At least seven people were killed and seven others were injured Thursday in a multivehicle crash on Interstate 75 near Gainesville, Florida, investigators said.

The Florida Highway Patrol said two tractor-trailer rigs and two passenger vehicles were involved in the crash, which unfolded about a mile south of Alachua. Alachua County Fire Rescue reported that flames ignited after 50 gallons of diesel fuel spilled on the highway.

Emergency crews extinguished the fire and said they were treating the crash as a homicide investigation, but did not say why. The fire was so intense that authorities said it damaged parts of the road.


Fire Rescue said in a Facebook post that "multiple patients" had suffered "critical injuries," but did not specify how many. Authorities initially said six had died but late Thursday night revealed a seventh victim had perished.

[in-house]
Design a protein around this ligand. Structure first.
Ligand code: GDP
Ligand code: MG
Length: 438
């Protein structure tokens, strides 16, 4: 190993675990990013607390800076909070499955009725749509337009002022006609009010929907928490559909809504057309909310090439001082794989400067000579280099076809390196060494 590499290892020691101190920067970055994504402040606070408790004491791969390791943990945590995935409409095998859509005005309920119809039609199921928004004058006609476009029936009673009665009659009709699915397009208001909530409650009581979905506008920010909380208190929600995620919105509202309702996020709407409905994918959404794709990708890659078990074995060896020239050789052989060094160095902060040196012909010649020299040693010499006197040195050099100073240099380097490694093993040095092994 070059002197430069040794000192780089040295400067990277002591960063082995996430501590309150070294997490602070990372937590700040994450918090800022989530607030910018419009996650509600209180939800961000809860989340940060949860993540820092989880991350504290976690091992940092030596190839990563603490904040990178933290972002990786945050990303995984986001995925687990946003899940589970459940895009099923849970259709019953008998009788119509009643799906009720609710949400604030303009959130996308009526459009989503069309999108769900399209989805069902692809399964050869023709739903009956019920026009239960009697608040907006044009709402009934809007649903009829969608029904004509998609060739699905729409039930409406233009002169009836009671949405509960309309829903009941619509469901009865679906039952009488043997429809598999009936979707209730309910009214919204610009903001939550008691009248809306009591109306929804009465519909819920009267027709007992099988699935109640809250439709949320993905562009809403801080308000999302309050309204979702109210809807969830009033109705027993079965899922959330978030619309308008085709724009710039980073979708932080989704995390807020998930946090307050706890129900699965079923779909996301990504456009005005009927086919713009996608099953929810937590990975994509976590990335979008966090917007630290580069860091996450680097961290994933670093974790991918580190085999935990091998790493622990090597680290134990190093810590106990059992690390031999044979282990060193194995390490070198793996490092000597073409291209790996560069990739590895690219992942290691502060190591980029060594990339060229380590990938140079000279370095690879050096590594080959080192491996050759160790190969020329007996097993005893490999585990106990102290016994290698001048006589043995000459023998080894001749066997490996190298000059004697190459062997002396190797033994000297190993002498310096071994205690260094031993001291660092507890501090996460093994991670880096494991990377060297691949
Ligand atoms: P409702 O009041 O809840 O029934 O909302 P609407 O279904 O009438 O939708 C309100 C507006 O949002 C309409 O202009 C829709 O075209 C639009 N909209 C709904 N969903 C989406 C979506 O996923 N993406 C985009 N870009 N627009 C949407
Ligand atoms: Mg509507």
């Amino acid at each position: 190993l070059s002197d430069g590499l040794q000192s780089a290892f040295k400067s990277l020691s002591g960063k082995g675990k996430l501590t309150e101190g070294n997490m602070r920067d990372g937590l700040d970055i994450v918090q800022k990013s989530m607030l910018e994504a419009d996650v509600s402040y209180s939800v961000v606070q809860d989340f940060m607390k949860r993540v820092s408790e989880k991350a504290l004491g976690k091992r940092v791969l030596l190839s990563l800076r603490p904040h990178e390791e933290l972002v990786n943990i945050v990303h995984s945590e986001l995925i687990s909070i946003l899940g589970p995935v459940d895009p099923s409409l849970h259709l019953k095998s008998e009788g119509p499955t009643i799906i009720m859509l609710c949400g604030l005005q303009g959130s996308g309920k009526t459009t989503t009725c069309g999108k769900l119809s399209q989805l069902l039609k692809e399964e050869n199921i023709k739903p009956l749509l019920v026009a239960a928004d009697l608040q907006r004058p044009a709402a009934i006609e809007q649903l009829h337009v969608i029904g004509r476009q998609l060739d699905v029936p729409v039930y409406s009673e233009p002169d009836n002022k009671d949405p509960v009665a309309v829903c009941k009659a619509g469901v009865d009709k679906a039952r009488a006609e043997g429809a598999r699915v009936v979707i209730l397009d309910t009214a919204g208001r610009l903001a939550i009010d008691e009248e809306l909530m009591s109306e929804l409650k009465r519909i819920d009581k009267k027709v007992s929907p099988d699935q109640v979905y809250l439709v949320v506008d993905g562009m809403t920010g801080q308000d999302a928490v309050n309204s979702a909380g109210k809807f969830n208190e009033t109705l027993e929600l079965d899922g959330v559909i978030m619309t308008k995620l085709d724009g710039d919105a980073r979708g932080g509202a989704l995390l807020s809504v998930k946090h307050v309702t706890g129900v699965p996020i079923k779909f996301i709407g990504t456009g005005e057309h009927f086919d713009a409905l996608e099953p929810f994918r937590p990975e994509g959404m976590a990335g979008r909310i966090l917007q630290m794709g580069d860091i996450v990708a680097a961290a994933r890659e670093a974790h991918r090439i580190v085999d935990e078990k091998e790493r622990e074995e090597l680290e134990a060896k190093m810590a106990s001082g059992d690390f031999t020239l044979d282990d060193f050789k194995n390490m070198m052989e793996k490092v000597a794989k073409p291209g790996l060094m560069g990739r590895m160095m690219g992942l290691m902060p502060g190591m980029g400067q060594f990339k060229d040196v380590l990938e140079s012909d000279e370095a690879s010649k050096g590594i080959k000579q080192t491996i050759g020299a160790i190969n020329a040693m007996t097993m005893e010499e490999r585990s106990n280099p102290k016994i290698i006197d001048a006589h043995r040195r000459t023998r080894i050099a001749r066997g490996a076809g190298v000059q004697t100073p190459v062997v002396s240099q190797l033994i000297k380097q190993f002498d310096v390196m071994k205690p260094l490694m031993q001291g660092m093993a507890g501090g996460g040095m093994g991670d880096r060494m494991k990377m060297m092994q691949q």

At one point, the Alachua County Sheriff's Office dispatched a helicopter to look for potential victims in the woods off the highway.

"Two semis were involved and on both of them at least the trailer part has burned," Florida Highway Patrol Lt. Patrick Riordan told The Gainesville Sun. "At least some of the fatalities were in at least one of the passenger vehicles."

Riordan told The Associated Press it was unclear whether the victims were killed in the wreck or whether they burned in the fire, which would make identification more difficult.


I-75 was closed in both directions due to the severity of the crash, causing massive delays. Debris including personal property and vehicle parts was scattered across the road, the Florida Highway Patrol said.

The crash was in the northbound lanes, but southbound lanes were closed for hours to keep a route open for first responders, according to a tweet from the Alachua County Sherriff's office, which said the emergency "required all hands on deck." Authorities opened the northbound lanes around 8 p.m.

"There are engine parts and components, and there is a lot of area that is burned,” Riordan told The Sun. “Contamination of fuel is a high probability at this point."

The Associated Press contributed to this report.